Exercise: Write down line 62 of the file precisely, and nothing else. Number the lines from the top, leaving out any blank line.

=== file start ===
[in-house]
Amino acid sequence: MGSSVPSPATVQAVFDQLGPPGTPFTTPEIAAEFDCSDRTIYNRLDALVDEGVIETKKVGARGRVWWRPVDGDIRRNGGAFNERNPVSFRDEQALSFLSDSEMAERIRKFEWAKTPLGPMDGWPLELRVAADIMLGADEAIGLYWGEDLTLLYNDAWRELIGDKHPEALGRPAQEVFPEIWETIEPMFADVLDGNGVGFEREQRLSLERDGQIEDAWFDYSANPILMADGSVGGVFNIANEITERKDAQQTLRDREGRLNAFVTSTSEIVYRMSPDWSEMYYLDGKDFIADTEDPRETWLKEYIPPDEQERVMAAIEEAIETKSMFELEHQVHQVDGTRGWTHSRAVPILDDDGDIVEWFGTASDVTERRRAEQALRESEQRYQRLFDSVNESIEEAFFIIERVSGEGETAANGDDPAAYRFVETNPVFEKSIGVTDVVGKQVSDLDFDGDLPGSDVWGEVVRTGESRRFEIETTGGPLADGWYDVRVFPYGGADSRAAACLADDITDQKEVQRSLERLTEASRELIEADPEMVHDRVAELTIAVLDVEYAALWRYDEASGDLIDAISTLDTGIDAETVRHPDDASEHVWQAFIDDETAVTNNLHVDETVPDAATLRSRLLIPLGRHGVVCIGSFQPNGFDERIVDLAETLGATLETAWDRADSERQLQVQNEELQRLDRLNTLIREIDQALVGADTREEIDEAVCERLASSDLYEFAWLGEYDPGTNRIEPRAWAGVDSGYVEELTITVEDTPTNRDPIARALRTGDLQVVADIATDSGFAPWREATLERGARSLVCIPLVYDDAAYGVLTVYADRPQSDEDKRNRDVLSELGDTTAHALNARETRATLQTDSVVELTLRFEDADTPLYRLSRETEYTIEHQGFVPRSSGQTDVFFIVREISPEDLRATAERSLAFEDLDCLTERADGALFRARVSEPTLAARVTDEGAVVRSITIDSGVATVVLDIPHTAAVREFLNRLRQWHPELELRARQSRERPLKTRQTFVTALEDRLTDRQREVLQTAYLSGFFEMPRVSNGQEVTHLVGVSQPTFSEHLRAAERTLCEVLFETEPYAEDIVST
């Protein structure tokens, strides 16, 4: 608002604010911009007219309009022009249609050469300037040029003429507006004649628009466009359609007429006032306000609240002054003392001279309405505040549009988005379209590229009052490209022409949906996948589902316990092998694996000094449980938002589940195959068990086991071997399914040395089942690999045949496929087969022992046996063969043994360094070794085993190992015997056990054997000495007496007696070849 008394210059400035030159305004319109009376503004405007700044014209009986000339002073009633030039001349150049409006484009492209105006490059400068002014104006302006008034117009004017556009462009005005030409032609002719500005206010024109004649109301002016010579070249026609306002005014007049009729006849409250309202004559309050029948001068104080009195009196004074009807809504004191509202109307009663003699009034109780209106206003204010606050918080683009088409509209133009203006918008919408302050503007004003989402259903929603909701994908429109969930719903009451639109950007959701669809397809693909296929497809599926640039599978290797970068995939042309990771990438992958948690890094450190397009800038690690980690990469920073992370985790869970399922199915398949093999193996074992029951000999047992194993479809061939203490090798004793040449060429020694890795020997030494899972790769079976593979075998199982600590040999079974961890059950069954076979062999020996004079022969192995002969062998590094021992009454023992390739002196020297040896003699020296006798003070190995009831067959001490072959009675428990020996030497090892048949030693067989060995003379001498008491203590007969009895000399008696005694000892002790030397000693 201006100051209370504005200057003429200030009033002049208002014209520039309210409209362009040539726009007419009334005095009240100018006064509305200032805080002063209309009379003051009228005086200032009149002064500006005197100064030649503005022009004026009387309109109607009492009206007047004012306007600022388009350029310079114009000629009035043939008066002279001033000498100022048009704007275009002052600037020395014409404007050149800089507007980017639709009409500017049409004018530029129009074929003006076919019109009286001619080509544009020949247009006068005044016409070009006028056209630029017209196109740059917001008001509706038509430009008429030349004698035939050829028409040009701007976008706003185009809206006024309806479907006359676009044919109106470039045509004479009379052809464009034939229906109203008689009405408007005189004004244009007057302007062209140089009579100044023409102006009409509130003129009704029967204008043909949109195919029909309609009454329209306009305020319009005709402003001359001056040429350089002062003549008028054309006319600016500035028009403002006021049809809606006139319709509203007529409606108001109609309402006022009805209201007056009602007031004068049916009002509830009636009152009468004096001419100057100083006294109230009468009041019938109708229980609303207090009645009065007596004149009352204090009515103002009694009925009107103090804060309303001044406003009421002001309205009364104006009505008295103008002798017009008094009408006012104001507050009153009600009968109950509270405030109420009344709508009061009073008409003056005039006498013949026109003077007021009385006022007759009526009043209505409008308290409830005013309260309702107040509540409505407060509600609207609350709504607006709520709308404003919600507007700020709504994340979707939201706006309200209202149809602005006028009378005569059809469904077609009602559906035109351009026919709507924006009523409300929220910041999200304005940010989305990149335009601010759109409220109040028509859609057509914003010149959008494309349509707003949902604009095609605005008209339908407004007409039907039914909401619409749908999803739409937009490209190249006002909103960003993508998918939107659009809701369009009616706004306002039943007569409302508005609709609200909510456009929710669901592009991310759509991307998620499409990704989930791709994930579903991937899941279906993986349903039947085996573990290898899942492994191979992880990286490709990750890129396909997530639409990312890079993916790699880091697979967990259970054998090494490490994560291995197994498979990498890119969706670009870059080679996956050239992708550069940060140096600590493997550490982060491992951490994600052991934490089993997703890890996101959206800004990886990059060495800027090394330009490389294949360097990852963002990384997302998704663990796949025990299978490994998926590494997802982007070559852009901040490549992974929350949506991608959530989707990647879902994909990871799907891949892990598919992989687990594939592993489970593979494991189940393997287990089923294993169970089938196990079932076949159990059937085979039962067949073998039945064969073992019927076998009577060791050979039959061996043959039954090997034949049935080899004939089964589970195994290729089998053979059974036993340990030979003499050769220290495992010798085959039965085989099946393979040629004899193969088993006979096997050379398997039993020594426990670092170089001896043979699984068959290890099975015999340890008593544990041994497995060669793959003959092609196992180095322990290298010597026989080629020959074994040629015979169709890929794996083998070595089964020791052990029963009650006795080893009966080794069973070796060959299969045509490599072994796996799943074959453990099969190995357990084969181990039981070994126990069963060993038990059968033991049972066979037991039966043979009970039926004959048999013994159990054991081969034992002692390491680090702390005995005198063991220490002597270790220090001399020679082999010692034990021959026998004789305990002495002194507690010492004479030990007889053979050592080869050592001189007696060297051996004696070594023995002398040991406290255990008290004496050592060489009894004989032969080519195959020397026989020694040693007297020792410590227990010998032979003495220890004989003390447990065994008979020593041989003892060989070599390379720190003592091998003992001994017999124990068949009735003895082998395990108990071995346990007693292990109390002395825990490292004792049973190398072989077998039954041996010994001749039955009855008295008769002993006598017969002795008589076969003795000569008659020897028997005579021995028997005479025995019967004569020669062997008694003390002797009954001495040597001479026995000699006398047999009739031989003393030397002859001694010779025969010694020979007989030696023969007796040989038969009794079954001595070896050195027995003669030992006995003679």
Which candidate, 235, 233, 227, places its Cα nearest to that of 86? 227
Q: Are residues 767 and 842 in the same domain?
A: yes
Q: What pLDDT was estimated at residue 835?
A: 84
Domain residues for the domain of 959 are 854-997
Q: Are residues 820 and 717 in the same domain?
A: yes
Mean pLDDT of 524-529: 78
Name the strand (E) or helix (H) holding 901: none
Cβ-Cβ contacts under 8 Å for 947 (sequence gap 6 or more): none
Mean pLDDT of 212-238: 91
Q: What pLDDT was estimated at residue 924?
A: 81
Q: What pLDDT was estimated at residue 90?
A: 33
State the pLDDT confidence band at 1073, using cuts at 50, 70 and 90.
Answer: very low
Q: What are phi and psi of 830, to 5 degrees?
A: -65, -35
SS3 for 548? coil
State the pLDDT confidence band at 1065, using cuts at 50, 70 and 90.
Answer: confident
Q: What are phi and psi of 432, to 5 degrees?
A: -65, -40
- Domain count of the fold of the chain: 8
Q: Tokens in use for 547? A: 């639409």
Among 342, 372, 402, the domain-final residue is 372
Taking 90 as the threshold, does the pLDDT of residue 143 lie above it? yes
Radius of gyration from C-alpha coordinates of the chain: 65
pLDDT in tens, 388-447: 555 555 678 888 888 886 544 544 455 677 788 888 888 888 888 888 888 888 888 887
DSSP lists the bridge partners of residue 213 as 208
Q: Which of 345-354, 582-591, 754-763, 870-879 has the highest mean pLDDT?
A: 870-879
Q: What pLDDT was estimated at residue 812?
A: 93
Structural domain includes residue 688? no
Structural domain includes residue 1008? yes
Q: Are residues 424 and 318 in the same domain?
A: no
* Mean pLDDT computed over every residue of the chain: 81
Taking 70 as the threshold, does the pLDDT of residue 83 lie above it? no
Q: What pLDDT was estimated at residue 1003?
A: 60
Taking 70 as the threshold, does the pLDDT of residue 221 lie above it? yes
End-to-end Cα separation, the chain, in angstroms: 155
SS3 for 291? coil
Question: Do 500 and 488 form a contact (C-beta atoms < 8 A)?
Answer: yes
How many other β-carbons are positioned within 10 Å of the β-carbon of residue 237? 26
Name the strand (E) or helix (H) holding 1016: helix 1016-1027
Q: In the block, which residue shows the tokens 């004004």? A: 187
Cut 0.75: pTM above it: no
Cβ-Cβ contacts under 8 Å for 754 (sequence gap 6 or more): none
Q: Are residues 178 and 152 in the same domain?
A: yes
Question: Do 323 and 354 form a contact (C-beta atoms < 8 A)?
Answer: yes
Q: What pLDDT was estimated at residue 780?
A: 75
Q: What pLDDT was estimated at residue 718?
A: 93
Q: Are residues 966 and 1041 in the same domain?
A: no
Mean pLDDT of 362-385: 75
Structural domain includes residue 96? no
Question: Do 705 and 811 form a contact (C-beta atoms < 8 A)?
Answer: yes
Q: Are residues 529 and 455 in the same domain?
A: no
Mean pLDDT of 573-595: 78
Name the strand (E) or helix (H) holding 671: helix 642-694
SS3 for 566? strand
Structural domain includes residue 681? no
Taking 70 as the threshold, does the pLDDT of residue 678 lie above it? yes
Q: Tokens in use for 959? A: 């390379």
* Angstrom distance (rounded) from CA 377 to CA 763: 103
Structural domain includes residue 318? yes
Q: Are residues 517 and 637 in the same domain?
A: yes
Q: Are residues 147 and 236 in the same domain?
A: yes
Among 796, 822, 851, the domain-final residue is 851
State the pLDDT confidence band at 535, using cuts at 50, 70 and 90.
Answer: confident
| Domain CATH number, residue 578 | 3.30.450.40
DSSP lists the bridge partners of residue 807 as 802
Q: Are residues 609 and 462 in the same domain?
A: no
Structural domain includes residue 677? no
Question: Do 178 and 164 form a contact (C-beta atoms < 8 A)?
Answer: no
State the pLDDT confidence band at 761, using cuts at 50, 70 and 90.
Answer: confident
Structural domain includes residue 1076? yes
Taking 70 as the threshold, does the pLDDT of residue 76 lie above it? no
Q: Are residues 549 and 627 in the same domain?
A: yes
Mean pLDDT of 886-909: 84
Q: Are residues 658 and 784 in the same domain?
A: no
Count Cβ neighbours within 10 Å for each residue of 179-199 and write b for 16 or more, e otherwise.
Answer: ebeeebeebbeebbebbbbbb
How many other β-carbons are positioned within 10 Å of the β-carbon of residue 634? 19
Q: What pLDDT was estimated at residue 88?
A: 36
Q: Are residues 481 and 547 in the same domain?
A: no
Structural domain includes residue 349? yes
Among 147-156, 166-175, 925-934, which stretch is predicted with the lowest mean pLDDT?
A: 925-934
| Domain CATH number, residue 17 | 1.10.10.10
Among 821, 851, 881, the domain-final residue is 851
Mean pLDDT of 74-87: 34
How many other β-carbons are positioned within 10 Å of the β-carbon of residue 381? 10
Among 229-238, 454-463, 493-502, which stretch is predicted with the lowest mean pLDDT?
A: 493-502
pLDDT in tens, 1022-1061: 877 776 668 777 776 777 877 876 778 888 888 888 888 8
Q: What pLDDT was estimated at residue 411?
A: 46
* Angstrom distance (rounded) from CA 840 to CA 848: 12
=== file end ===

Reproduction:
Q: What pLDDT was estimated at residue 780?